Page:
New study suggests walking 6000 to 9000 steps a day can significantly lower risk of CVD
A study suggests that people over 60 significantly reduces risk of cardiovascular disease by walking between 6,000 and 9,000 steps per day.
A new study suggests that people over 60 may significantly reduce their risk of cardiovascular disease by walking between 6,000 and 9,000 steps per day.
Compared to people who walked 2,000 steps per day, researchers found that individuals walking between 6,000 and 9,000 steps daily had a reduced risk of cardiovascular disease, including heart attacks and strokes, by 40% to 50%.
This study focuses on cardiovascular disease (CVD) risk.
reports the findings of a meta-analysis of eight prospective studies using health data from 20,152 individuals in the United States and 42 other countries. Their average age was 63.2 years, plus or minus 12.4 years, with 52% being women.
The study appears in the journal Circulation
The lead researcher of the study, Dr. Amanda Paluch said people who currently walk between 2,000 and 3,000 steps a day would experience the most significant reduction in CVD risk by walking more.
For those already taking 7,000 steps a day, the improvement would be less dramatic, though still significant, she noted.
The study found that for every 1,000 steps added, there was an incremental reduction in CVD risk.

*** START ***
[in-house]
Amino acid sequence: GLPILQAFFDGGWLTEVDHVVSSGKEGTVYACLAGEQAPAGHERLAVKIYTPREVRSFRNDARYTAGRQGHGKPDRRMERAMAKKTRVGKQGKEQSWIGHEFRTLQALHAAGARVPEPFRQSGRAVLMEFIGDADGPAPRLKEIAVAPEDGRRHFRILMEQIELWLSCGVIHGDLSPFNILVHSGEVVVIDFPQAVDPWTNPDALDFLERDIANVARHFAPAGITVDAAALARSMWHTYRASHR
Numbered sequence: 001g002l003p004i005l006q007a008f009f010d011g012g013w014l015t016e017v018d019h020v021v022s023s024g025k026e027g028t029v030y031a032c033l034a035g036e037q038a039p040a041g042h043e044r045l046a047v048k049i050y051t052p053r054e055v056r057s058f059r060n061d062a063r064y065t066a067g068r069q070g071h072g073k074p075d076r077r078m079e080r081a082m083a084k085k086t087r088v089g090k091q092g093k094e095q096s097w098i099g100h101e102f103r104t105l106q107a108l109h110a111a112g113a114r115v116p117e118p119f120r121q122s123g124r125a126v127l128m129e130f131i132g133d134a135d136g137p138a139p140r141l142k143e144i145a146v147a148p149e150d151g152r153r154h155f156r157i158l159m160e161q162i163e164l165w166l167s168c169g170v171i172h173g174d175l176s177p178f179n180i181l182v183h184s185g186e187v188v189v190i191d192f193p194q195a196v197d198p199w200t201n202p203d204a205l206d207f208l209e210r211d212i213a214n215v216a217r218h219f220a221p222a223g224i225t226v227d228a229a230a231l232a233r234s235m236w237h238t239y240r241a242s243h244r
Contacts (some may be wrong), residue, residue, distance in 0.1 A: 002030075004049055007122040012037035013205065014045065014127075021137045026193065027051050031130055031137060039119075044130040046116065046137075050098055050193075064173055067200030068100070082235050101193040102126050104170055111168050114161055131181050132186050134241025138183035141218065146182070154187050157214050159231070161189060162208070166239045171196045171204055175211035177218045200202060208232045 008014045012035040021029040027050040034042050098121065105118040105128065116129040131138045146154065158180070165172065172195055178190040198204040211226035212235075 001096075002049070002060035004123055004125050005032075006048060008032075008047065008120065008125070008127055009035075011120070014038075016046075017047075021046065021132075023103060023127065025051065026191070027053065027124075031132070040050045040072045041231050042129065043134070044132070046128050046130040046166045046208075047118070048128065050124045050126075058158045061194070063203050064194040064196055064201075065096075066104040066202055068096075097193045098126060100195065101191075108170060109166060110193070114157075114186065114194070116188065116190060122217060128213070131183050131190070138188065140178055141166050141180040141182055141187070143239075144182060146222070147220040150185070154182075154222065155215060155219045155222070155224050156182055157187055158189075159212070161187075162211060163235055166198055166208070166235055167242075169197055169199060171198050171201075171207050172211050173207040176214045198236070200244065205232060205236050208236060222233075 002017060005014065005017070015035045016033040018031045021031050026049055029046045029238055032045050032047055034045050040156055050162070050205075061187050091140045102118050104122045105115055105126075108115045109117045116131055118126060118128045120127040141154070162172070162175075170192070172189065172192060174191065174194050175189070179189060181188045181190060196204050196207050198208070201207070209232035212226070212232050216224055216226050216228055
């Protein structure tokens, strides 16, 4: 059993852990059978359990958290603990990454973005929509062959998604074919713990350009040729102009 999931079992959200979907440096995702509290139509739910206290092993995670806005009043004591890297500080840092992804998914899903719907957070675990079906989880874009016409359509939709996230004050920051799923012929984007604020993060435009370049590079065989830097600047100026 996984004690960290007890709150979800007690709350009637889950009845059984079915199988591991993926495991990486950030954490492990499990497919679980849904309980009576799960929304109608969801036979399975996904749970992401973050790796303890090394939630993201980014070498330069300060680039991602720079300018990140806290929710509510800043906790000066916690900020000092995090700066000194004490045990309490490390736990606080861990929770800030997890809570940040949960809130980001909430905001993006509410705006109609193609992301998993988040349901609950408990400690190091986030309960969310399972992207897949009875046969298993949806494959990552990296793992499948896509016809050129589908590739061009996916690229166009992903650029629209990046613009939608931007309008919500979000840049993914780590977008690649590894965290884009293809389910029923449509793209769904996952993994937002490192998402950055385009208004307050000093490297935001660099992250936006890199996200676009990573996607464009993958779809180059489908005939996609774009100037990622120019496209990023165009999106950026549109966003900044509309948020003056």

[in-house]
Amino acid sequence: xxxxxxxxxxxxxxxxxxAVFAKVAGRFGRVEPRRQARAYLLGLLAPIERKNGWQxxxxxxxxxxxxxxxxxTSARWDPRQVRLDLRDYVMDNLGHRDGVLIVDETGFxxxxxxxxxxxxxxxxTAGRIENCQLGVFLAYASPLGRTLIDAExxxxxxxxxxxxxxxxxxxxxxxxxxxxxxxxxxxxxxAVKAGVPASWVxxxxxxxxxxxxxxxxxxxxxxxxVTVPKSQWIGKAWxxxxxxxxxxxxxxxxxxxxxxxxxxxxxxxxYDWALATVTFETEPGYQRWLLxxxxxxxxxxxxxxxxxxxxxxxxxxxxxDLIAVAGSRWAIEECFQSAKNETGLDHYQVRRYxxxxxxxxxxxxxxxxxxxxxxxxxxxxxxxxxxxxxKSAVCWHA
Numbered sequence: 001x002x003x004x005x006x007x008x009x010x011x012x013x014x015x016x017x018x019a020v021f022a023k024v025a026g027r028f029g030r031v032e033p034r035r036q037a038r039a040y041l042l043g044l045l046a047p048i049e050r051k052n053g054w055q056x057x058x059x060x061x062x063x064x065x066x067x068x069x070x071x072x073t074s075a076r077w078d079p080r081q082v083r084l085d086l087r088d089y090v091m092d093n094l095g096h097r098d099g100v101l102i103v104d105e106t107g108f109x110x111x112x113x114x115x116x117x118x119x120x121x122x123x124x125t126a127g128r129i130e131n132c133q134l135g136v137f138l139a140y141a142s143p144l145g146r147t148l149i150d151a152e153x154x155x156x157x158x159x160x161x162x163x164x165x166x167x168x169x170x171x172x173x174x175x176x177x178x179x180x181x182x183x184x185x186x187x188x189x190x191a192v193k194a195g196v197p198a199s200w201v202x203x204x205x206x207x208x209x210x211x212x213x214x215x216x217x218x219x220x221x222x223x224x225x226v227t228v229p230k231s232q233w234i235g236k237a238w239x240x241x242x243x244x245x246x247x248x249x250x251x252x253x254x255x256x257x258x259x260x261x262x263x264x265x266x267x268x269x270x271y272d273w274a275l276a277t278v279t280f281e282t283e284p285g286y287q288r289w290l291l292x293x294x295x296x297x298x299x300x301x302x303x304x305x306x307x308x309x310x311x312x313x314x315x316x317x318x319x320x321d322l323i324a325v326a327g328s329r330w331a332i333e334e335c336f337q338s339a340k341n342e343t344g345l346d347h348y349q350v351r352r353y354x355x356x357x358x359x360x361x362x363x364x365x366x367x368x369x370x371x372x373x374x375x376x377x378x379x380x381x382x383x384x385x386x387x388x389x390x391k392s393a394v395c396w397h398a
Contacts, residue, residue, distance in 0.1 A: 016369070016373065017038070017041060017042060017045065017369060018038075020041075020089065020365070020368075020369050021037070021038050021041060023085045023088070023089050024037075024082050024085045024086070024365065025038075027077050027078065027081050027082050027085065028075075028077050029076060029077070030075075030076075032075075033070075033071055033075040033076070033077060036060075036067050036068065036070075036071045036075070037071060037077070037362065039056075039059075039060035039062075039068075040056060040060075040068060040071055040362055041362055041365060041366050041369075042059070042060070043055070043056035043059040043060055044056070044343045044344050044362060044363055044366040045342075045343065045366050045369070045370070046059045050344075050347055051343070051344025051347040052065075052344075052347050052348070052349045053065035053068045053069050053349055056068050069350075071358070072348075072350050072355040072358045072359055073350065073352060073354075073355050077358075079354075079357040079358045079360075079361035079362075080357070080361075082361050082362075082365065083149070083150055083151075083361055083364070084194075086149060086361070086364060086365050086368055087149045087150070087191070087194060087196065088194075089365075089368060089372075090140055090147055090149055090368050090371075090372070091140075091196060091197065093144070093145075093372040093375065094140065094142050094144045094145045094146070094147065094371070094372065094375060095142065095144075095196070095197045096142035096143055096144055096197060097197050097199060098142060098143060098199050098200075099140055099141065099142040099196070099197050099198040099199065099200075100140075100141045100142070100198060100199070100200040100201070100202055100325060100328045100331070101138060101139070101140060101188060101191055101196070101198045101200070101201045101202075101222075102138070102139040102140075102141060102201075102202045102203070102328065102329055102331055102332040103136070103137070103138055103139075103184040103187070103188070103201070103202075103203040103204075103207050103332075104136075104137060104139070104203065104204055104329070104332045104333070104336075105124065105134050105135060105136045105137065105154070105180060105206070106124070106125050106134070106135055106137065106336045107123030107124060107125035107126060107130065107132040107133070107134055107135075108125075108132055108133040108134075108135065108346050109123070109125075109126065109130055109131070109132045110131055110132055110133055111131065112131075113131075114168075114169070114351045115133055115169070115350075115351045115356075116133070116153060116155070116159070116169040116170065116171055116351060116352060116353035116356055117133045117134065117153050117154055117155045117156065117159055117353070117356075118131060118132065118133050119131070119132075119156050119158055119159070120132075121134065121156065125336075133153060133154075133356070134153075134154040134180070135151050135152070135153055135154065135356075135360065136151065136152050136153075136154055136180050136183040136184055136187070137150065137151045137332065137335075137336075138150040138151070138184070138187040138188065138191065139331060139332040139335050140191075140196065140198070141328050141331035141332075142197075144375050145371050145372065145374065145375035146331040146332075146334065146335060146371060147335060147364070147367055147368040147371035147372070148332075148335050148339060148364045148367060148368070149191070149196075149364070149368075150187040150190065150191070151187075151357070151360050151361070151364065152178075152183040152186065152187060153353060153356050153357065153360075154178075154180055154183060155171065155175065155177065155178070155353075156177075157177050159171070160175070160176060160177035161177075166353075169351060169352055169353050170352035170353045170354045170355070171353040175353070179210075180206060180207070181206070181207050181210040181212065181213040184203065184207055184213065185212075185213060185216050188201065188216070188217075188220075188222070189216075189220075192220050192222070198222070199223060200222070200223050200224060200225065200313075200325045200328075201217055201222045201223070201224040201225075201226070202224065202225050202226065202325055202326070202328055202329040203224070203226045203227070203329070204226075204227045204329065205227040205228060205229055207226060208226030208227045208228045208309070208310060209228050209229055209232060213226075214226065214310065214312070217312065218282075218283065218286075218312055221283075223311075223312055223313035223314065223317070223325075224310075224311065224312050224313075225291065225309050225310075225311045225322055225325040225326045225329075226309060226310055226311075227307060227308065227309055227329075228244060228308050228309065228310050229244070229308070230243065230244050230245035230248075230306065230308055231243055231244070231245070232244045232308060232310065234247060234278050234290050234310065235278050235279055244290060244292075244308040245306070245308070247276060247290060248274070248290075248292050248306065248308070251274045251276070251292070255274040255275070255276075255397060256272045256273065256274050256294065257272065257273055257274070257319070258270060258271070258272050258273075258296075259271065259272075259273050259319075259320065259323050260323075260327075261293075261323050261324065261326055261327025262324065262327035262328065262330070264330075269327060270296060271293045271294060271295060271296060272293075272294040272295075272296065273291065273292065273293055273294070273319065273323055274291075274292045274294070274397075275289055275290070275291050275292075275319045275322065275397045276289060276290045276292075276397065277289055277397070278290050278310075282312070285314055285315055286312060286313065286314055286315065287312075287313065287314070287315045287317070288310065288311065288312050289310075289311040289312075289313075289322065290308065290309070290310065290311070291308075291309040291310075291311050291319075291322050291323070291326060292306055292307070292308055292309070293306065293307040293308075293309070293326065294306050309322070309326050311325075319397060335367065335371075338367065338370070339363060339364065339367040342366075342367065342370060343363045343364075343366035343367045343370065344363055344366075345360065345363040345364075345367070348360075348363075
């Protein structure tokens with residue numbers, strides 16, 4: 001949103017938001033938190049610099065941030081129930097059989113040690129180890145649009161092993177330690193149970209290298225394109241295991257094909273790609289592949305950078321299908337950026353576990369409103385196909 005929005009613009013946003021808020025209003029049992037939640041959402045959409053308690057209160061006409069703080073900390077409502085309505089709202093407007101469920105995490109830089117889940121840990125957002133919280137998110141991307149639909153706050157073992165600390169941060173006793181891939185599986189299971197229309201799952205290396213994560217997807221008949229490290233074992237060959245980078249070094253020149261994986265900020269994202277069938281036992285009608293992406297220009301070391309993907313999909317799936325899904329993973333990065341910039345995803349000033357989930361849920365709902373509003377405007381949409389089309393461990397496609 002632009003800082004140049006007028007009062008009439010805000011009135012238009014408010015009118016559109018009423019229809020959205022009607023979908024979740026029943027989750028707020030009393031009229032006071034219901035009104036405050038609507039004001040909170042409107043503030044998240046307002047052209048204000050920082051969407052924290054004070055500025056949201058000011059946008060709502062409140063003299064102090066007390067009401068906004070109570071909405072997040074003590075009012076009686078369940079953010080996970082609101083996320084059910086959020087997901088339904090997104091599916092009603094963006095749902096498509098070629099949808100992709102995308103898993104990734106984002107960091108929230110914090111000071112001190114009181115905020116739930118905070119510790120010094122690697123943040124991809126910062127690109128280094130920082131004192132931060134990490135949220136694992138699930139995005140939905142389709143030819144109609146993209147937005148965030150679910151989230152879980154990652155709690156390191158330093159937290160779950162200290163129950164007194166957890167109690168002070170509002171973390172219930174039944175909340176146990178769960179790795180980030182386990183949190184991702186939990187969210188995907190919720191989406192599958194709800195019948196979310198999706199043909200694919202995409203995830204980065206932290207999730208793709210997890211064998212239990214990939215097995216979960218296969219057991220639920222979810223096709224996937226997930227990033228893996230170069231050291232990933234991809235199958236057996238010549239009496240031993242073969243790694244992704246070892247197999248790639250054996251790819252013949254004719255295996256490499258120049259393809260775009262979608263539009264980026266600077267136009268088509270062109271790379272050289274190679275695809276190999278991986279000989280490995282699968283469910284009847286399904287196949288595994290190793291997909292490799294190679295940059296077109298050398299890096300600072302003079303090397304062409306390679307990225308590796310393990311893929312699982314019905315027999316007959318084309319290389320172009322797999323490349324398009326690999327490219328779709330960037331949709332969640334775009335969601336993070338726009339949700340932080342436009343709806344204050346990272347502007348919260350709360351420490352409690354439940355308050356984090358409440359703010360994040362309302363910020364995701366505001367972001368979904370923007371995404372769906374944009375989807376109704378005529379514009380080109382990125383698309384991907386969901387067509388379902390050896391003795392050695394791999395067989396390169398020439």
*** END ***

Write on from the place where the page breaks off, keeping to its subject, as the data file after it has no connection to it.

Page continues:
She said that there was no upper limit at which there was no additional benefit in the study. Each incremental increase was associated with lower heart disease risk in older adults.
The analysis saw a progressive reduction in cardiovascular diseases risk for people walking as many as 15,000 steps a day. Since the original studies went no higher than that, Dr. Paluch said that her analysis offers no insights regarding the possible benefits of taking more than 15,000 steps a day.
The study suggests that people hoping to lower their risk of CVD may consider setting goals that feel more attainable than the often-cited 10,000-steps-a-day target, which was not based on scientific research.
The study found no association between increasing one’s steps and lowering CVD risk for younger adults.
Dr. Paluch said this is not surprising since CVD is largely a disease of older people. The study reports just 4.2% of younger adults had subsequent CVD events, as opposed to 9.5% of older adults.
This does not mean that younger adults shouldn’t be exercising for their cardiovascular health, said Dr. Paluch.
Another cardiologist said that steps alone should not be used to gauge how much exercise is enough.
Ideally, exercise should be intentional and daily, with at least moderate intensity. Younger adults should also focus on incorporating unintentional exercise into their daily activity, such as taking the stairs over the elevator, walking in preference to driving, and more physically active recreation, the cardiologist said.